An appeals court has sentenced the South Korean captain of the Sewol ferry to life in prison on a murder charge, strengthening an earlier conviction.
Lee Joon-seok was at the helm when the ferry went down in April 2014 killing more than 300 people, mostly children.
He had been found guilty in November of gross negligence and sentenced to 36 years, but relatives of the dead were furious he was not convicted of murder.
But the appeals court gave 14 other crew members lighter sentences.
Stephen Evans, BBC News, Seoul
The judge in the appeal court was scathing in his verdict on the actions of the captain.
He said abandoning the Sewol was like a doctor deserting sick and dying people in hospital.
The captain's actions, said the judge, left his charges on his ship in a state of fatal and indescribable suffering.
The decision is likely to be academic because the captain is nearly 70 and so was never likely to be freed under his previous sentence.
Prosecutors told the Gwangju court Lee deserved the death penalty.
They had argued that he had abandoned his passengers, leading to the deaths of 250 high school students and "inflicted an incurable injury on their parents", according to Yonhap news agency.
But families of the victims staged a protest outside the court, unhappy that the sentence was not even tougher.
"He should have received death penalty. Imprisonment for life? They want to give life sentence to a person so that he can peacefully die when he is old?" Jeon Myung-sun, father of Sewol ferry victim Jeon Chan-ho asked the protesters, according to AP.
Lee had been captured on video and in photographs leaving the ship while passengers remained trapped inside.
He had apologised for abandoning passengers but argued that he never intended to sacrifice their lives and had said he was "confused" during the incident.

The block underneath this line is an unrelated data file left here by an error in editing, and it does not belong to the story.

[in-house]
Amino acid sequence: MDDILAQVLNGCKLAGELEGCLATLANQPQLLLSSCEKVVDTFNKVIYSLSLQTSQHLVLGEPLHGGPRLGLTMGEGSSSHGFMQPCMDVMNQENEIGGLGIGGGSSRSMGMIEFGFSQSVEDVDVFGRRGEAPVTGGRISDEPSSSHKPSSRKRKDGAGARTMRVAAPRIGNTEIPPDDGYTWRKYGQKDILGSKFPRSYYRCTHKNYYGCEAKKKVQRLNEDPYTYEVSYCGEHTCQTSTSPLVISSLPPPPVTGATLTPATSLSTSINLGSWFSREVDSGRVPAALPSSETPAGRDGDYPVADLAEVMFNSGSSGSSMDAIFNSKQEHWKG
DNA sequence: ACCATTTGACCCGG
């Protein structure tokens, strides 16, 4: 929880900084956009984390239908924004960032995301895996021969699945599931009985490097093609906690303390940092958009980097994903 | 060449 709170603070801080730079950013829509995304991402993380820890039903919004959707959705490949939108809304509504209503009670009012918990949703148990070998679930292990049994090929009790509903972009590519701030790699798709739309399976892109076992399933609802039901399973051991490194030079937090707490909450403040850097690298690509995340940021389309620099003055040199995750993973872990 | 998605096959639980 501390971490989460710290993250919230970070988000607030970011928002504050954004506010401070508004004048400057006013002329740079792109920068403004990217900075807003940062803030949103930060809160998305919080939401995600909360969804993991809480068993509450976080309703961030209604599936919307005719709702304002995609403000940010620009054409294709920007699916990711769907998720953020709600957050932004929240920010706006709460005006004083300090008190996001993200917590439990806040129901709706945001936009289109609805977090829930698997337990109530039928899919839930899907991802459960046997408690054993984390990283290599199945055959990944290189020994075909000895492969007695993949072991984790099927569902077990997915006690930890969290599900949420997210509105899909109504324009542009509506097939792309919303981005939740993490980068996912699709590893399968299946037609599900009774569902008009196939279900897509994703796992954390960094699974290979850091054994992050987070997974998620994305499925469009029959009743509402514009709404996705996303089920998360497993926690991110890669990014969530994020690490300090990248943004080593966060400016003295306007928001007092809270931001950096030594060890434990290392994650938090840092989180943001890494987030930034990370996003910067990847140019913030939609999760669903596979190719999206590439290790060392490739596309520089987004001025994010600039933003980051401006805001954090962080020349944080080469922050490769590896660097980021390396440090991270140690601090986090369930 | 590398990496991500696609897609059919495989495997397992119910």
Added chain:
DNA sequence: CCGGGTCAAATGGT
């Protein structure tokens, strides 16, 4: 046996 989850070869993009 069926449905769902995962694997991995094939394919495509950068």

On Tuesday the court also gave new sentences to 14 other crew members, ranging from 18 months to 12 years in prison.
They had previously received longer jail sentences of five to 30 years.
Jeon Il-ho, a judge at Gwanju High Court, was reported by Reuters as explaining that the new sentences took into account the fact they were acting on orders.
"We drew a distinction between the captain Lee Joon-seok who has a grave responsibility and crew members who took orders from the captain. And we considered health conditions of the crew members and actions they took in the rescue operation as well as how they boarded the ferry Sewol," he said.
Bodies still missing
The disaster, which took place on 16 April 2014, was one of the worst maritime disasters in South Korea in decades, and triggered widespread mourning.
It was blamed on a combination of illegal redesigns, the overloading of cargo, the inexperience of the crew member steering the vessel, and lax government regulations.
President Park Geun-hye has vowed reforms and also agreed to demands from grieving relatives to salvage the ferry, amid ongoing protests by South Koreans. Nine bodies have still not been found.
Over the weekend thousands peacefully demonstrated in Seoul against the government's handling of the disaster.
The rally followed clashes with riot police at another protest the previous weekend, which left dozens injured.